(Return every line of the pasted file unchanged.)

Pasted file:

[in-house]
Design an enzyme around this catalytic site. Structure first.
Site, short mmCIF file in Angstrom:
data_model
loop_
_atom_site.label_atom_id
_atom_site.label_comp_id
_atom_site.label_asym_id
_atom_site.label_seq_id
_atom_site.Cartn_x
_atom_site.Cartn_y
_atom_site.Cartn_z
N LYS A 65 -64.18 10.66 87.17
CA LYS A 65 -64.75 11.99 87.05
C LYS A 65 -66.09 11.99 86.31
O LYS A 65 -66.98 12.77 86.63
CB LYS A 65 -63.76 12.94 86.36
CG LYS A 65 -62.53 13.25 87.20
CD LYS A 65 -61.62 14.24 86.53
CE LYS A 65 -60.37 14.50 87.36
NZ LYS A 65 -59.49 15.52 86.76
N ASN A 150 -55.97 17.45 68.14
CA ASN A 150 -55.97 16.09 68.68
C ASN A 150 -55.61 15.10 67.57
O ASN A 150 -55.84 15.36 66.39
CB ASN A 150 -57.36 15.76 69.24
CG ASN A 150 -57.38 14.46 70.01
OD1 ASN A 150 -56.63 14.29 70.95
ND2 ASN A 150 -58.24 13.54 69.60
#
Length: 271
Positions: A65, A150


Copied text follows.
[in-house]
Design an enzyme around this catalytic site. Structure first.
Site, short mmCIF file in Angstrom:
data_model
loop_
_atom_site.label_atom_id
_atom_site.label_comp_id
_atom_site.label_asym_id
_atom_site.label_seq_id
_atom_site.Cartn_x
_atom_site.Cartn_y
_atom_site.Cartn_z
N LYS A 65 -64.18 10.66 87.17
CA LYS A 65 -64.75 11.99 87.05
C LYS A 65 -66.09 11.99 86.31
O LYS A 65 -66.98 12.77 86.63
CB LYS A 65 -63.76 12.94 86.36
CG LYS A 65 -62.53 13.25 87.20
CD LYS A 65 -61.62 14.24 86.53
CE LYS A 65 -60.37 14.50 87.36
NZ LYS A 65 -59.49 15.52 86.76
N ASN A 150 -55.97 17.45 68.14
CA ASN A 150 -55.97 16.09 68.68
C ASN A 150 -55.61 15.10 67.57
O ASN A 150 -55.84 15.36 66.39
CB ASN A 150 -57.36 15.76 69.24
CG ASN A 150 -57.38 14.46 70.01
OD1 ASN A 150 -56.63 14.29 70.95
ND2 ASN A 150 -58.24 13.54 69.60
#
Length: 271
Positions: A65, A150